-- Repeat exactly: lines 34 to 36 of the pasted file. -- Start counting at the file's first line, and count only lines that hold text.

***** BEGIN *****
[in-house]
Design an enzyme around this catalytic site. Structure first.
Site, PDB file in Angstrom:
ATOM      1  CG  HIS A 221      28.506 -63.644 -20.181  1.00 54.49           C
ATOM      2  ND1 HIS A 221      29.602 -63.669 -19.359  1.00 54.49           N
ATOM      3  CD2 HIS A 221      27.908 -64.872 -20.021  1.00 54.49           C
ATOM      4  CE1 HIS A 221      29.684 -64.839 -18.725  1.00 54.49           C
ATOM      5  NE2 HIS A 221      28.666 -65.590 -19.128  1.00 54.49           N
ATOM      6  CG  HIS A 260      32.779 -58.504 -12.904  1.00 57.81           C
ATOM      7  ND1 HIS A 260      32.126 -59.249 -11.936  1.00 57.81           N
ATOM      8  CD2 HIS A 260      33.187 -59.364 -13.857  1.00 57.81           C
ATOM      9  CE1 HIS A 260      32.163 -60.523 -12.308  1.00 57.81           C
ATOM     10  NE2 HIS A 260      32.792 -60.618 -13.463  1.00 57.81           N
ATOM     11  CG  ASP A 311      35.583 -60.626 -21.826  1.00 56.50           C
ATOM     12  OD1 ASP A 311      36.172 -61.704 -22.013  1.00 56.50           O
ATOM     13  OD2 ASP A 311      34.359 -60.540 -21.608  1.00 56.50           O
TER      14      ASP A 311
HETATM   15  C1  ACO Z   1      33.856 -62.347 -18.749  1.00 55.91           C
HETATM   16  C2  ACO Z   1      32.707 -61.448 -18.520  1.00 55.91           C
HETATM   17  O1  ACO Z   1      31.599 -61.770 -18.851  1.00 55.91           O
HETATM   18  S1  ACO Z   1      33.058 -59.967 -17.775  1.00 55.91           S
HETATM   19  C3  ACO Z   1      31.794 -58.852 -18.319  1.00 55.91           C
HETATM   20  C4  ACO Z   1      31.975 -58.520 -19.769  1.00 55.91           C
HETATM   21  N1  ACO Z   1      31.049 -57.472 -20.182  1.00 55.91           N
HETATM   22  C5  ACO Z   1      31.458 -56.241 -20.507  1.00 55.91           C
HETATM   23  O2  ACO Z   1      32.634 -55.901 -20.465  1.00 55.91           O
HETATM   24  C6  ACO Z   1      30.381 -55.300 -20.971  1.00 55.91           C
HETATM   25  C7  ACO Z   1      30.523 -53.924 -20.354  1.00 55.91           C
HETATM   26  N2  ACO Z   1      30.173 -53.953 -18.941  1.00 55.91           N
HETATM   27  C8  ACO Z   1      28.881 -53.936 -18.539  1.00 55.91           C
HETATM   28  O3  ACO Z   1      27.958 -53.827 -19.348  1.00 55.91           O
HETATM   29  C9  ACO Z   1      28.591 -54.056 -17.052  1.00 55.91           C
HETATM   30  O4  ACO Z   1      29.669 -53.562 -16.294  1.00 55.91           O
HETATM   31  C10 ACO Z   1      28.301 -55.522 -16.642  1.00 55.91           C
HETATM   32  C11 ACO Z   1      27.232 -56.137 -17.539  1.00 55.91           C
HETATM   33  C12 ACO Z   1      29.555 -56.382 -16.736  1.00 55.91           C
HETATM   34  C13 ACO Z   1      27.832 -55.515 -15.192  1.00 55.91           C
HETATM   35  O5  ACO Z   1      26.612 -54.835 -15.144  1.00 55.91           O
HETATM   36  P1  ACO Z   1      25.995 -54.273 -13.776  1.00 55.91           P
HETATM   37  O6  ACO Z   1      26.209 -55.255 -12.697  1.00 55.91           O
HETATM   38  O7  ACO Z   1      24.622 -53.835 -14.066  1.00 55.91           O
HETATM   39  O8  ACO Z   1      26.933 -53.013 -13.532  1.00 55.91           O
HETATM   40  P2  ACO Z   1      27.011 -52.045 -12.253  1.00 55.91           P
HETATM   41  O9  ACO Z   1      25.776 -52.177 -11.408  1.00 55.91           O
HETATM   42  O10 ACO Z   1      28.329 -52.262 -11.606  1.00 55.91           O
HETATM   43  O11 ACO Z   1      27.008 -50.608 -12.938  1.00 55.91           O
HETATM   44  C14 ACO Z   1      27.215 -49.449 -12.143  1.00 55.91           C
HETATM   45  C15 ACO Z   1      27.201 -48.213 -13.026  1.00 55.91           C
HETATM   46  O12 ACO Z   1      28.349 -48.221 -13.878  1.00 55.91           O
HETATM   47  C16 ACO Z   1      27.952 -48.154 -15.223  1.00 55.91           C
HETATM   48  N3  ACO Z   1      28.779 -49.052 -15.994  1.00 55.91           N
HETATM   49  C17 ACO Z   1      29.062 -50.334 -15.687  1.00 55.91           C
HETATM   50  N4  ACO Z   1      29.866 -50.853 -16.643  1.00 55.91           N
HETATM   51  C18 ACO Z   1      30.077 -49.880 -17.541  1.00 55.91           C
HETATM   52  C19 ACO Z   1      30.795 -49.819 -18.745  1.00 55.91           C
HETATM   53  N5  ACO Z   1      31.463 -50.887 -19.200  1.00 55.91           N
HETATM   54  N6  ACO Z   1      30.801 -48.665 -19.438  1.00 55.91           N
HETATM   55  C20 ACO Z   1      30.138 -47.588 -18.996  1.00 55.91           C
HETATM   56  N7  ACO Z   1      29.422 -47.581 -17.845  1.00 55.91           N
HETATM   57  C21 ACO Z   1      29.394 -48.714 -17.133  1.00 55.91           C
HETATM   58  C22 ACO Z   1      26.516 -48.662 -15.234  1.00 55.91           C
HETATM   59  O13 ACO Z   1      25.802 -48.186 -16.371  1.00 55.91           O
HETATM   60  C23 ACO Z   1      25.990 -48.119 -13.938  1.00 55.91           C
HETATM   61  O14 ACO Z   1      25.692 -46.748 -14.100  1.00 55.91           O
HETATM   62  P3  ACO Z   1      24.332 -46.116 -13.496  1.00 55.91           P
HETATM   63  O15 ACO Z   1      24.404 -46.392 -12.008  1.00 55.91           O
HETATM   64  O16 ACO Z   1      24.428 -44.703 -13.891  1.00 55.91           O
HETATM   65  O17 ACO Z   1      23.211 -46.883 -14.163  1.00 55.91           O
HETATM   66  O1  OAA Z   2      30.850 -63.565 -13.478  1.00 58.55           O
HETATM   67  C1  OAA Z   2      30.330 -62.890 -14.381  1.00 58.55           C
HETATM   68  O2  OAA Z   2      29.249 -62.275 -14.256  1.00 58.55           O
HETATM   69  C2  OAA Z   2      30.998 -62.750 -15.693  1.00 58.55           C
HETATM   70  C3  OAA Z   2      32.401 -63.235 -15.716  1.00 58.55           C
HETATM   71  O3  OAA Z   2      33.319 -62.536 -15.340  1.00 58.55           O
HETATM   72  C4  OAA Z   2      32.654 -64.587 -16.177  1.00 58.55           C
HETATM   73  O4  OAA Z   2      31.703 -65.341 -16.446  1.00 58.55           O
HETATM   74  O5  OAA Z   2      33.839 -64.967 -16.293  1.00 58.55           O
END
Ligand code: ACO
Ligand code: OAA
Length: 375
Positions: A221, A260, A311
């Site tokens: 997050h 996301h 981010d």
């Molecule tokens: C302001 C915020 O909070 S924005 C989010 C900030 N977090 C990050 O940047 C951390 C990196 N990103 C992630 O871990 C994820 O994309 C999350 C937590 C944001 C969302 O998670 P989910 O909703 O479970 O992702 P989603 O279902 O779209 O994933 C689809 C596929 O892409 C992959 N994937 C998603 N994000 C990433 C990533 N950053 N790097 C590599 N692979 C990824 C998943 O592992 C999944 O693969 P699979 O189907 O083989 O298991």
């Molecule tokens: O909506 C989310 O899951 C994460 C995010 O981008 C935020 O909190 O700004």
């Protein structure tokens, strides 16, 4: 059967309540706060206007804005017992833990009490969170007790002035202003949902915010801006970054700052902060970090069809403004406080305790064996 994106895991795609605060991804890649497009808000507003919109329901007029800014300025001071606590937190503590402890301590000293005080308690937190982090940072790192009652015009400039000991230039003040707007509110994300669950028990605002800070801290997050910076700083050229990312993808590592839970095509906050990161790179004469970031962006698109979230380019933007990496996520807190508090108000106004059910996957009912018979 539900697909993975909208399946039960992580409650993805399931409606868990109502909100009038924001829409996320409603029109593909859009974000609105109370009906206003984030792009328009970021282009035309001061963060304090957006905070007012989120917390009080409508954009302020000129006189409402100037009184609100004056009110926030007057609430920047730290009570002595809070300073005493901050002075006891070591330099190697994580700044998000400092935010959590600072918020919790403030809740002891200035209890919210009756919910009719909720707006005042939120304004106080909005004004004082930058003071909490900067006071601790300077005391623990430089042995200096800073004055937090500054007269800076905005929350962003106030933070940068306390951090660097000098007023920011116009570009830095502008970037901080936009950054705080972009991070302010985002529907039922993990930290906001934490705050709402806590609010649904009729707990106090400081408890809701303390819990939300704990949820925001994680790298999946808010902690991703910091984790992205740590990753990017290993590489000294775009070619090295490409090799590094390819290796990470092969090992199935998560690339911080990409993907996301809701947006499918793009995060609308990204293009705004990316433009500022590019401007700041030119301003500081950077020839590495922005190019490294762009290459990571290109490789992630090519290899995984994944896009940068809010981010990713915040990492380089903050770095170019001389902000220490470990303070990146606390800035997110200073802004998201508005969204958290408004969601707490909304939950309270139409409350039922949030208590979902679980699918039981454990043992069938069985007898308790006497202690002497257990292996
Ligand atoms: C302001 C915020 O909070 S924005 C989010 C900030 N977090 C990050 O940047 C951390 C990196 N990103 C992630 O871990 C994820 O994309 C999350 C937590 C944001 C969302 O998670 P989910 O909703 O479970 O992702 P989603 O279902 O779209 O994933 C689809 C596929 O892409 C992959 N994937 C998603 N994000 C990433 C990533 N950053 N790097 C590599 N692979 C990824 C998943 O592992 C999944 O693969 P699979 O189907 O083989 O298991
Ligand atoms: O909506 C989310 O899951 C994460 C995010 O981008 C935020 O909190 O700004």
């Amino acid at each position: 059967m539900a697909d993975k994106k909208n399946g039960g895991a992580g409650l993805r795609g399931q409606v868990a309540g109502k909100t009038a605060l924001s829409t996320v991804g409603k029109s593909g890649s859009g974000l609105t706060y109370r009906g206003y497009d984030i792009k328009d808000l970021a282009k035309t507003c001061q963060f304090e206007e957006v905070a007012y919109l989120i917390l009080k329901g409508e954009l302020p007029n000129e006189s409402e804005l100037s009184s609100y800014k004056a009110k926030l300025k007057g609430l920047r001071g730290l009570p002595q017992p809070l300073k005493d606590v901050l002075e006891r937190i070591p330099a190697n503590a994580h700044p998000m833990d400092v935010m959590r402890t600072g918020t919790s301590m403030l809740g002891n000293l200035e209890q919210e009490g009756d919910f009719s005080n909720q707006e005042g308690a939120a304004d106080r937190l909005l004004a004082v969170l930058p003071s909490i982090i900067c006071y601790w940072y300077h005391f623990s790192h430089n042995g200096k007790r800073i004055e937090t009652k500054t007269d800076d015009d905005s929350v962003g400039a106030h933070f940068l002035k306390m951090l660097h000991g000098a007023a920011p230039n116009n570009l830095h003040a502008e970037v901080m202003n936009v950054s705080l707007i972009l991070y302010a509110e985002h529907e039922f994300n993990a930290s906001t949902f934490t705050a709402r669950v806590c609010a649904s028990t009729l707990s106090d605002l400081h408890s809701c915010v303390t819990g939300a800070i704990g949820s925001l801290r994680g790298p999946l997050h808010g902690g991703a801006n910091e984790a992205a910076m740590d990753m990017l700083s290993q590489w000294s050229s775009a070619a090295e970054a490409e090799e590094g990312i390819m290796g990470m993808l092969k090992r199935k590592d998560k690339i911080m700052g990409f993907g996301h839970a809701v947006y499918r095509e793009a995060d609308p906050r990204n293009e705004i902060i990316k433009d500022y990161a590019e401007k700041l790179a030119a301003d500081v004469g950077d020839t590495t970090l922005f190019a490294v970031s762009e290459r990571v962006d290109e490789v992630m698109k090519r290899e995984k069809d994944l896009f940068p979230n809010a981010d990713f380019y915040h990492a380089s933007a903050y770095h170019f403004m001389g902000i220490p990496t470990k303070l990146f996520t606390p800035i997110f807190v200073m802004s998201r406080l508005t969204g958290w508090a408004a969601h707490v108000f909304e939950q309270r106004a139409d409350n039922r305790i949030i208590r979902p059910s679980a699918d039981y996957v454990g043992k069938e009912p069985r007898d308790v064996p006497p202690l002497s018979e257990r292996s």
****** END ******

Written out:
HETATM   31  C10 ACO Z   1      28.301 -55.522 -16.642  1.00 55.91           C
HETATM   32  C11 ACO Z   1      27.232 -56.137 -17.539  1.00 55.91           C
HETATM   33  C12 ACO Z   1      29.555 -56.382 -16.736  1.00 55.91           C